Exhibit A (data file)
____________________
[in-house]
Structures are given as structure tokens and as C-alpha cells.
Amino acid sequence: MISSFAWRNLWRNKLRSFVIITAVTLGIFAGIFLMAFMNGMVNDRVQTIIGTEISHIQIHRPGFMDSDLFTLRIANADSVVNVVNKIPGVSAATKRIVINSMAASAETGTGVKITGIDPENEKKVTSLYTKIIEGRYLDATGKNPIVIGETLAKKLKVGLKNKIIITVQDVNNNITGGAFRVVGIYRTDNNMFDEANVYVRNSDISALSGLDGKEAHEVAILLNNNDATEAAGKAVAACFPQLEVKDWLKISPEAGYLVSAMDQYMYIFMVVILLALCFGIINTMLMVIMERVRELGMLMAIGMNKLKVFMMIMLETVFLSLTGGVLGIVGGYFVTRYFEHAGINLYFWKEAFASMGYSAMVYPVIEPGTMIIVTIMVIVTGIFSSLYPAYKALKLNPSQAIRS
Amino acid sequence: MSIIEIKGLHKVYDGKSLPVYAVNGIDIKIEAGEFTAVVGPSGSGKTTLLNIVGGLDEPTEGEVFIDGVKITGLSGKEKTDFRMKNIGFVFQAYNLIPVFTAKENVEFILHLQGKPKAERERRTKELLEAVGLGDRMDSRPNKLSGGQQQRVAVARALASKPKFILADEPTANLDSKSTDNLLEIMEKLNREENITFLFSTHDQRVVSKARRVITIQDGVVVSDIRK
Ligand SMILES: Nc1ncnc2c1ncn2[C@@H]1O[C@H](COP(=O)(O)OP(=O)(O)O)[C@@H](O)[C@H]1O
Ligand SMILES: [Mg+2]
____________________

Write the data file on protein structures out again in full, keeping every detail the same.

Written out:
[in-house]
Structures are given as structure tokens and as C-alpha cells.
Amino acid sequence: MISSFAWRNLWRNKLRSFVIITAVTLGIFAGIFLMAFMNGMVNDRVQTIIGTEISHIQIHRPGFMDSDLFTLRIANADSVVNVVNKIPGVSAATKRIVINSMAASAETGTGVKITGIDPENEKKVTSLYTKIIEGRYLDATGKNPIVIGETLAKKLKVGLKNKIIITVQDVNNNITGGAFRVVGIYRTDNNMFDEANVYVRNSDISALSGLDGKEAHEVAILLNNNDATEAAGKAVAACFPQLEVKDWLKISPEAGYLVSAMDQYMYIFMVVILLALCFGIINTMLMVIMERVRELGMLMAIGMNKLKVFMMIMLETVFLSLTGGVLGIVGGYFVTRYFEHAGINLYFWKEAFASMGYSAMVYPVIEPGTMIIVTIMVIVTGIFSSLYPAYKALKLNPSQAIRS
Amino acid sequence: MSIIEIKGLHKVYDGKSLPVYAVNGIDIKIEAGEFTAVVGPSGSGKTTLLNIVGGLDEPTEGEVFIDGVKITGLSGKEKTDFRMKNIGFVFQAYNLIPVFTAKENVEFILHLQGKPKAERERRTKELLEAVGLGDRMDSRPNKLSGGQQQRVAVARALASKPKFILADEPTANLDSKSTDNLLEIMEKLNREENITFLFSTHDQRVVSKARRVITIQDGVVVSDIRK
Ligand SMILES: Nc1ncnc2c1ncn2[C@@H]1O[C@H](COP(=O)(O)OP(=O)(O)O)[C@@H](O)[C@H]1O
Ligand SMILES: [Mg+2]